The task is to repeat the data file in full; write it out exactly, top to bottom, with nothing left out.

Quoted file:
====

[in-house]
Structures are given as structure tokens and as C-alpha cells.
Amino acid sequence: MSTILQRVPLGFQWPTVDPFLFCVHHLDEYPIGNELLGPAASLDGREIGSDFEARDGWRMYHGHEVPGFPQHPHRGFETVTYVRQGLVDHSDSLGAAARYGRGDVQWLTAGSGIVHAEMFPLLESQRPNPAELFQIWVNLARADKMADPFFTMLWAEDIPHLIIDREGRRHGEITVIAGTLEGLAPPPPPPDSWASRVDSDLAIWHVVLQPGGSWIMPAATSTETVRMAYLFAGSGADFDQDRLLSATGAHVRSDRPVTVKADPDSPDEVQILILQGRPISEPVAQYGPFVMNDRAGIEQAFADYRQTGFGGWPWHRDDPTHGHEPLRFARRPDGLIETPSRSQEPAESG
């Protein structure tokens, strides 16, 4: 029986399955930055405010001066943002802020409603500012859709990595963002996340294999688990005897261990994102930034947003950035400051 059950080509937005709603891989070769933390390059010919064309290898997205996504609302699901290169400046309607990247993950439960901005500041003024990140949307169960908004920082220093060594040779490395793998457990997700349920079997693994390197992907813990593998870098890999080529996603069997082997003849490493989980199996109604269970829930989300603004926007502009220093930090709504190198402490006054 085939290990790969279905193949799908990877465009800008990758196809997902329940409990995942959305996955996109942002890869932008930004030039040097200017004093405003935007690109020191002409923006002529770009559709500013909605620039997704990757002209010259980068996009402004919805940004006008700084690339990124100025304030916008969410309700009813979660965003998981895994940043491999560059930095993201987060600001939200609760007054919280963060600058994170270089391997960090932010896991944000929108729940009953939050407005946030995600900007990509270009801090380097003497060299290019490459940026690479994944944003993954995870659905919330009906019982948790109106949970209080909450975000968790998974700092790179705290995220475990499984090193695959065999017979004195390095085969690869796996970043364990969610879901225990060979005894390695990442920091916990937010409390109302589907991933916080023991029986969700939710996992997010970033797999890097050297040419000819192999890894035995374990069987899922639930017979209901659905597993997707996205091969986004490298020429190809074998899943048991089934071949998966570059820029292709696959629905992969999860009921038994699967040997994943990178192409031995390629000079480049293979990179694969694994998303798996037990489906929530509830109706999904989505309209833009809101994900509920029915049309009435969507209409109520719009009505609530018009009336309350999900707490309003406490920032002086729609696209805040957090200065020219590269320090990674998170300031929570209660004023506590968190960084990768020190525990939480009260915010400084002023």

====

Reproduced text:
[in-house]
Structures are given as structure tokens and as C-alpha cells.
Amino acid sequence: MSTILQRVPLGFQWPTVDPFLFCVHHLDEYPIGNELLGPAASLDGREIGSDFEARDGWRMYHGHEVPGFPQHPHRGFETVTYVRQGLVDHSDSLGAAARYGRGDVQWLTAGSGIVHAEMFPLLESQRPNPAELFQIWVNLARADKMADPFFTMLWAEDIPHLIIDREGRRHGEITVIAGTLEGLAPPPPPPDSWASRVDSDLAIWHVVLQPGGSWIMPAATSTETVRMAYLFAGSGADFDQDRLLSATGAHVRSDRPVTVKADPDSPDEVQILILQGRPISEPVAQYGPFVMNDRAGIEQAFADYRQTGFGGWPWHRDDPTHGHEPLRFARRPDGLIETPSRSQEPAESG
């Protein structure tokens, strides 16, 4: 029986399955930055405010001066943002802020409603500012859709990595963002996340294999688990005897261990994102930034947003950035400051 059950080509937005709603891989070769933390390059010919064309290898997205996504609302699901290169400046309607990247993950439960901005500041003024990140949307169960908004920082220093060594040779490395793998457990997700349920079997693994390197992907813990593998870098890999080529996603069997082997003849490493989980199996109604269970829930989300603004926007502009220093930090709504190198402490006054 085939290990790969279905193949799908990877465009800008990758196809997902329940409990995942959305996955996109942002890869932008930004030039040097200017004093405003935007690109020191002409923006002529770009559709500013909605620039997704990757002209010259980068996009402004919805940004006008700084690339990124100025304030916008969410309700009813979660965003998981895994940043491999560059930095993201987060600001939200609760007054919280963060600058994170270089391997960090932010896991944000929108729940009953939050407005946030995600900007990509270009801090380097003497060299290019490459940026690479994944944003993954995870659905919330009906019982948790109106949970209080909450975000968790998974700092790179705290995220475990499984090193695959065999017979004195390095085969690869796996970043364990969610879901225990060979005894390695990442920091916990937010409390109302589907991933916080023991029986969700939710996992997010970033797999890097050297040419000819192999890894035995374990069987899922639930017979209901659905597993997707996205091969986004490298020429190809074998899943048991089934071949998966570059820029292709696959629905992969999860009921038994699967040997994943990178192409031995390629000079480049293979990179694969694994998303798996037990489906929530509830109706999904989505309209833009809101994900509920029915049309009435969507209409109520719009009505609530018009009336309350999900707490309003406490920032002086729609696209805040957090200065020219590269320090990674998170300031929570209660004023506590968190960084990768020190525990939480009260915010400084002023």